The Court grants partial summary judgment for the plaintiff's Motion for Full or Partial Judgment.

The Court grants partial summary judgment for the plaintiff's Motion for Full or Partial Judgment.

The Court grants partial summary judgment for the plaintiff's Motion for Full or Partial Judgment.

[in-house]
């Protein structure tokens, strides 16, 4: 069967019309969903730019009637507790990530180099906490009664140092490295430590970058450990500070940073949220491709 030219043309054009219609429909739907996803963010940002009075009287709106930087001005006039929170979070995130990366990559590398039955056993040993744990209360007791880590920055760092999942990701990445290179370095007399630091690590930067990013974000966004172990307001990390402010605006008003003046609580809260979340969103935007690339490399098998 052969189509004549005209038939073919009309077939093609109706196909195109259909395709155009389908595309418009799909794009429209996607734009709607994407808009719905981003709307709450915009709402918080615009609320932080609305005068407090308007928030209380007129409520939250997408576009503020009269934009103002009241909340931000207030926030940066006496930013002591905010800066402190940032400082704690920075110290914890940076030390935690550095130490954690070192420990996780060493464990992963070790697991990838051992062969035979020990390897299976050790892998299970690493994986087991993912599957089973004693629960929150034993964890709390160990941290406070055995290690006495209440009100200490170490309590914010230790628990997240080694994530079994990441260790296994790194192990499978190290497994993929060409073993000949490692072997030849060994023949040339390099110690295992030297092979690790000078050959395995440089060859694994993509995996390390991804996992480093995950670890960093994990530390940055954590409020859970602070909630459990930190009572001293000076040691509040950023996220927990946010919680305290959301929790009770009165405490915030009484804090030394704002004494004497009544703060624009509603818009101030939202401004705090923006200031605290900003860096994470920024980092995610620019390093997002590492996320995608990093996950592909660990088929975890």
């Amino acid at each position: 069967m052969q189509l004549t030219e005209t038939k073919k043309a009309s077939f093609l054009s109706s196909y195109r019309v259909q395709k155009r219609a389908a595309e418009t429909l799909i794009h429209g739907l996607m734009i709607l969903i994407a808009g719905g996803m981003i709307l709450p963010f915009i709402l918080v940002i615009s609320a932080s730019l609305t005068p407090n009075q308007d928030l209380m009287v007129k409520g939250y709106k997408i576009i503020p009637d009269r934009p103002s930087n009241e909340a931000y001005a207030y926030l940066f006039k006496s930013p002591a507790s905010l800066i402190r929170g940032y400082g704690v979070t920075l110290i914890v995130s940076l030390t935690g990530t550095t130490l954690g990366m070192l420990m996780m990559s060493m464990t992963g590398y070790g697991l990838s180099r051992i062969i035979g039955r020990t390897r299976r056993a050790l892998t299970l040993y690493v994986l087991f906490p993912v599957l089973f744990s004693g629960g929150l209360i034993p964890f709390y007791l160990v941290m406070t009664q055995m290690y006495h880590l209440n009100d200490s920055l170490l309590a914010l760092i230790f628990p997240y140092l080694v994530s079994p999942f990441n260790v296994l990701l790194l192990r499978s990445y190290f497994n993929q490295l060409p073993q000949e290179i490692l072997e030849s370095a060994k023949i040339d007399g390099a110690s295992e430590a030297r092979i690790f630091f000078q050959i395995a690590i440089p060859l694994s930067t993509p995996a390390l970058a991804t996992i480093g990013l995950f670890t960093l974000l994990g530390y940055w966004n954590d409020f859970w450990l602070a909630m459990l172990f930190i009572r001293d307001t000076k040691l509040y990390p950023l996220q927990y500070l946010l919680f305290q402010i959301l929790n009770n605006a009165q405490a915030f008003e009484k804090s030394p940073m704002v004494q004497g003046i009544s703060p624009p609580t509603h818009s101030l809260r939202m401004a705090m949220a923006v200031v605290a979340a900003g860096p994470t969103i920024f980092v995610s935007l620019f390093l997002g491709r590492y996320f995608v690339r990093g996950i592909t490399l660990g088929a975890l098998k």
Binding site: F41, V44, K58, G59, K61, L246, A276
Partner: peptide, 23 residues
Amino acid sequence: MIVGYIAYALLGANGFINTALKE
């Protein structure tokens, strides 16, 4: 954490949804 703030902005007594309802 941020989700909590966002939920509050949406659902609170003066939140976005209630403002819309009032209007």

The issue in the case was whether a security deed executed by a husband-debtor in favor of Wells Fargo was avoidable under 11 U.S.C. § 544(a)(3).  The Trustee argued that the Security Deed was patently defective due to the lack of an attesting official witness, which is required by O.C.G.A. § 44-14-33 for recordation of a security deed.  The Trustee alleged that the “Attestation Page” only contains the signatures of the borrower and an unofficial witness and the notary public’s signature and seal on the following page under the term “Acknowledgment” do not satisfy the requirements for proper attestation of a security deed.  Wells Fargo argued that O.C.G.A. § 44-2-18  provides for the curing of defects in security deeds through an affidavit and the signature of the official witness on the Affidavit accompanying the Waiver recorded with the Security Deed cured any such defect.  Following the Eleventh Circuit opinion of Gordon v. Terrace Mortgage Co. (In re Kim), 571 F.3d 1342 (11th Cir. 2009), the Court agreed with Wells Fargo and determined that the Trustee may not avoid the security deed.